Are you tired of hearing that London does everything right when it comes to transit? Do you wonder if the mapping styles widely copied from London are always the best? Are you even open to the heresy that London's famous Underground map, despite its global reach as an image, may be less than perfect? Then you'll enjoy Kerwin Datu's affectionate take-down of London's information system, at the Global Urbanist. My favorite bit, about the image above:
These maps, which TfL call 'spider maps', fail at the very first task: helping you identify your destination. Normally, once you've found where you're going on a map, you work backwards to where you are. But not here. On these spider maps, you are only shown where the closest bus routes want to take you, not where you want to go. It's like the old joke they tell beyond the Pale: when asking a local for directions one is told, 'well, if that's where you want to go, I wouldn't start from here!'
UPDATE: Excellent arguments in London's defense, in the comments. More responsible followup by me here.
I think the point of these maps is being missed. They answer the question “Where can I go from here?”, rather than a overview of the entire network or links between major tourist destinations. The main complaint seems to be that London’s tube map is too abstract rather than anything about spider maps, but TFL produces a tourist map which seems to include all the features praised in Paris’s map (bar depicting the underlying street network). I’m sure similar maps are displayed at London’s major tourist destinations.
Almost every time I catch a bus I hear someone ask the driver (or ask them myself): “Does this bus go to _______?” A spider map at every bus stop would help reduce confusion like that.
However, the London spider maps maps could be improved by showing the bus and tube connections available at each interchange along the route, rather than simply the Underground roundel.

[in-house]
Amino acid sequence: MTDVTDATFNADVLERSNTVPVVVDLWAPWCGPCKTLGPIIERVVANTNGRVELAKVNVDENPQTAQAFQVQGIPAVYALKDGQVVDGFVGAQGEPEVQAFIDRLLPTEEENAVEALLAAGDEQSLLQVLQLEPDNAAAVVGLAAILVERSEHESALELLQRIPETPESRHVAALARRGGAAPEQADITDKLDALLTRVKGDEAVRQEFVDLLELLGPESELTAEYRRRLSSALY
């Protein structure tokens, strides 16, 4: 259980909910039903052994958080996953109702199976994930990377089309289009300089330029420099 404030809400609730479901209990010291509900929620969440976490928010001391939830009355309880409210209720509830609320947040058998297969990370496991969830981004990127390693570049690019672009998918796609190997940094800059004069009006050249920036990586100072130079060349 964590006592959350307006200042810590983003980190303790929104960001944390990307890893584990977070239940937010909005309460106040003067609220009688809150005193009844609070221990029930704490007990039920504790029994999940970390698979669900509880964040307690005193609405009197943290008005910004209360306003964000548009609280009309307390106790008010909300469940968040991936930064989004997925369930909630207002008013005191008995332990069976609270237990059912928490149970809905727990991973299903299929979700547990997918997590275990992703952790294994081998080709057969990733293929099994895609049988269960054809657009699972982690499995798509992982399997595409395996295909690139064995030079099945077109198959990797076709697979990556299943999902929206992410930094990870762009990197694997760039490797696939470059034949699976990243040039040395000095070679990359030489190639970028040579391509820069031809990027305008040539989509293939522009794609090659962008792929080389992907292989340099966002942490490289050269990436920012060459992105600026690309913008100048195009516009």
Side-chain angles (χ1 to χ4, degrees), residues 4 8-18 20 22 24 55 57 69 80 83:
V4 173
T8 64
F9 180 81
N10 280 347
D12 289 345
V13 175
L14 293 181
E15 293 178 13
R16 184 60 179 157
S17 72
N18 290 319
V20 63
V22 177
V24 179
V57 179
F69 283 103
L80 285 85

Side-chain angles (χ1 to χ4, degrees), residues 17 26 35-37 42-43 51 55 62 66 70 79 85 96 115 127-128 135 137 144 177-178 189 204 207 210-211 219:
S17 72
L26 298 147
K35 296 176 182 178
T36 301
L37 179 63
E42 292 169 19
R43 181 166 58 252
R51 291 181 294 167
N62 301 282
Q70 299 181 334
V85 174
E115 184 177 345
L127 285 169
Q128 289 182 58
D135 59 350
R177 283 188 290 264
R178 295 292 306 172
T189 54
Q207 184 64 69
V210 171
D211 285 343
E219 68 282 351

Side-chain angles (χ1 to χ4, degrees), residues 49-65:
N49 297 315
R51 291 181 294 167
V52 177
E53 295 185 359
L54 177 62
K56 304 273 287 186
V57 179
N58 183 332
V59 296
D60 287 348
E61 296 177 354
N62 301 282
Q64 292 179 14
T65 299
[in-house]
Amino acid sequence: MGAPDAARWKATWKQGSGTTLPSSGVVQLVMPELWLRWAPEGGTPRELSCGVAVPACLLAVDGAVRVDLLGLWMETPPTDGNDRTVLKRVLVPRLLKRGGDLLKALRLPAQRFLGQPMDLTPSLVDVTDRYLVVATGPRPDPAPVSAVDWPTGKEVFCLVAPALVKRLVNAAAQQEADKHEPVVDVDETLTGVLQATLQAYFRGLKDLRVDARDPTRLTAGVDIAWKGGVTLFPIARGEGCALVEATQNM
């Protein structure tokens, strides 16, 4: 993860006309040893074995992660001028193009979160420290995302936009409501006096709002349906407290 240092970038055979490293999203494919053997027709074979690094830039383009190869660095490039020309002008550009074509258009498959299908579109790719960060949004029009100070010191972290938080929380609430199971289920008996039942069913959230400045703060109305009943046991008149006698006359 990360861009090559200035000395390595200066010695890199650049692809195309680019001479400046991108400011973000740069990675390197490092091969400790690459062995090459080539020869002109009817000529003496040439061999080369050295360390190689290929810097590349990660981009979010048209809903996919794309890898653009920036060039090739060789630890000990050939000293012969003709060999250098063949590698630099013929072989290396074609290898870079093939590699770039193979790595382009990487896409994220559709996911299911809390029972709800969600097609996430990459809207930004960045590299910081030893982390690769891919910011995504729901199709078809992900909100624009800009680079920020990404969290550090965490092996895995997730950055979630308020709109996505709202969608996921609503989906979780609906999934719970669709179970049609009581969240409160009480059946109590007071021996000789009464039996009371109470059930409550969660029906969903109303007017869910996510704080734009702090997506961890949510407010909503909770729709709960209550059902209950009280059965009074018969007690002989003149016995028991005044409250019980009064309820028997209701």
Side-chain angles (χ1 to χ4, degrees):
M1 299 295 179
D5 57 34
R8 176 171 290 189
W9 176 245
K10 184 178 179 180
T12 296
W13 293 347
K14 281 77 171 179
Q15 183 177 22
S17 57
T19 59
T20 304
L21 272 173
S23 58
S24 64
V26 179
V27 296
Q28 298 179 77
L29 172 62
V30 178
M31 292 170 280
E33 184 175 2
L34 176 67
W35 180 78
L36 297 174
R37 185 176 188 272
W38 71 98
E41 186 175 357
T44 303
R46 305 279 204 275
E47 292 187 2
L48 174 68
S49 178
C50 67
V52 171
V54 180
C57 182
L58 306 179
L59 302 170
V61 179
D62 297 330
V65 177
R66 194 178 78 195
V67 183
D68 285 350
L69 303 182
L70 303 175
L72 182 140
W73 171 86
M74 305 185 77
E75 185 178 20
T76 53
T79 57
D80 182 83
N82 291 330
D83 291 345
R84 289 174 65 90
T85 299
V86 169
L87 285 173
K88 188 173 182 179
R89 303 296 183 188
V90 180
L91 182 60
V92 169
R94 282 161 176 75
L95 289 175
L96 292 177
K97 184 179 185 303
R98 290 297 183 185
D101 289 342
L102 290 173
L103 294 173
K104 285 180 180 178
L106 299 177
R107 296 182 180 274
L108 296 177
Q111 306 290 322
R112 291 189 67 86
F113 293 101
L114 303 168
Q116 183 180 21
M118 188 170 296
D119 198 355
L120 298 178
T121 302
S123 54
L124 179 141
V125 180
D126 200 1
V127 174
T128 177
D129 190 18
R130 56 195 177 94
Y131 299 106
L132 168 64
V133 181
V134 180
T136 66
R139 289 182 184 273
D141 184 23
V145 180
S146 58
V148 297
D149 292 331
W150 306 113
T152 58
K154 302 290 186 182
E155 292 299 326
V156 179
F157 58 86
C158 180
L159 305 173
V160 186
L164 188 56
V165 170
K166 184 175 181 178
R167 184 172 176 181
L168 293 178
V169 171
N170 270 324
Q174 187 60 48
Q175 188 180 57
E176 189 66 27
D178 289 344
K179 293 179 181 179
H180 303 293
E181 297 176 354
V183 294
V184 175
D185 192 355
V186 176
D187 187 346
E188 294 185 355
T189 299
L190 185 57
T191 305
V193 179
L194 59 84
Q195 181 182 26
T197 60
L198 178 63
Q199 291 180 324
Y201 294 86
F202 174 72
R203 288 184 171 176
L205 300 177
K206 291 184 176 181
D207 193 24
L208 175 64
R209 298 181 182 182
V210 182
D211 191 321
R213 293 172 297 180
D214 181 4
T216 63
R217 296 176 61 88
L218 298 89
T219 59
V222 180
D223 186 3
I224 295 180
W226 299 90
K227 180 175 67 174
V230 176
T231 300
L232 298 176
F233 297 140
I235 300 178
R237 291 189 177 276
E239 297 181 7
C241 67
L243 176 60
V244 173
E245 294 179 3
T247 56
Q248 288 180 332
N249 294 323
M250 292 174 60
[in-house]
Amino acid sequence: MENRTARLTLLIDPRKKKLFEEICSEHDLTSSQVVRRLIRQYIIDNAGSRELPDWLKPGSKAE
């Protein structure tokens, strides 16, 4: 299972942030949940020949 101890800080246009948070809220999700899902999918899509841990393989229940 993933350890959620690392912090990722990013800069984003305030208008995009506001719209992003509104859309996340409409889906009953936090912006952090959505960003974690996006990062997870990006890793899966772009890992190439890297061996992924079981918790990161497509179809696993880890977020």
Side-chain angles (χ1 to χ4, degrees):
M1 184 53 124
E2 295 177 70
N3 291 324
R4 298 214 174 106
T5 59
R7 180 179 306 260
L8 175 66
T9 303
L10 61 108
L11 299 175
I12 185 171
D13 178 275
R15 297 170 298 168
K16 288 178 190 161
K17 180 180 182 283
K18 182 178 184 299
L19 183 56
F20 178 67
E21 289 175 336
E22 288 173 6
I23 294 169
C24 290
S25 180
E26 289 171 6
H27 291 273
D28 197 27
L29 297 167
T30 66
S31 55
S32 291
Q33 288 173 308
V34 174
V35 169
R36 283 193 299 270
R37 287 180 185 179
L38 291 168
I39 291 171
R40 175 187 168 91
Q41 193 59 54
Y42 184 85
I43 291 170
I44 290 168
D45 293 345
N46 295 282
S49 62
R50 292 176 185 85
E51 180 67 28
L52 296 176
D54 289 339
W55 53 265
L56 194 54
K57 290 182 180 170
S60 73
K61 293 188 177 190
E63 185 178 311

Actually – those Spider Maps are very well designed. They have lots of them, one for every major stop location in Greater London (London is broken up into 33 boroughs and there are around 50 spider maps for each borough – so there’s around 1500-1600 spider maps). As the writer above states, they tell you where you can get on buses leaving from that location. Remember too that the UK bus system is not based on the free transfer system we are used to in North America. When you get on a second or train bus you pay again (or use your Oyster card).
They’re even used, in a more limited way, in Victoria BC – Royal Oak Exchange has one showing all of the routes and destinations that can be reached on a one-seat ride.
London Buses do also produce ‘traditional’ bus network maps, showing the entire network; they can be found here (scroll down the page a bit) http://www.tfl.gov.uk/tfl/gettingaround/maps/buses/busdiagrams.asp These are available from Transport for London enquiry offices and at bus stations.
One of the main problems is the density of the bus network, particularly in the central area, where you then end up with having to balance the scale of a map against its size. The maze of bus-served streets in the proper City of London, the main commercial district, would test a cartographer’s skills in producing a clear map at a scale that’s easily read on the move.
There are many arguments to be had about how much information passengers want/need at each stage of their journey – whilst network-wide maps are useful when planning a trip (and you have time to absorb the quantity of information they present), most people find them intimidating if confronted with them on the street and they need specific information quickly. That’s not to say that additional detail could be added to the Spider Diagrams, for instance if there are other bus stops nearby that are served by other routes (just indicating the service number and ultimate destination).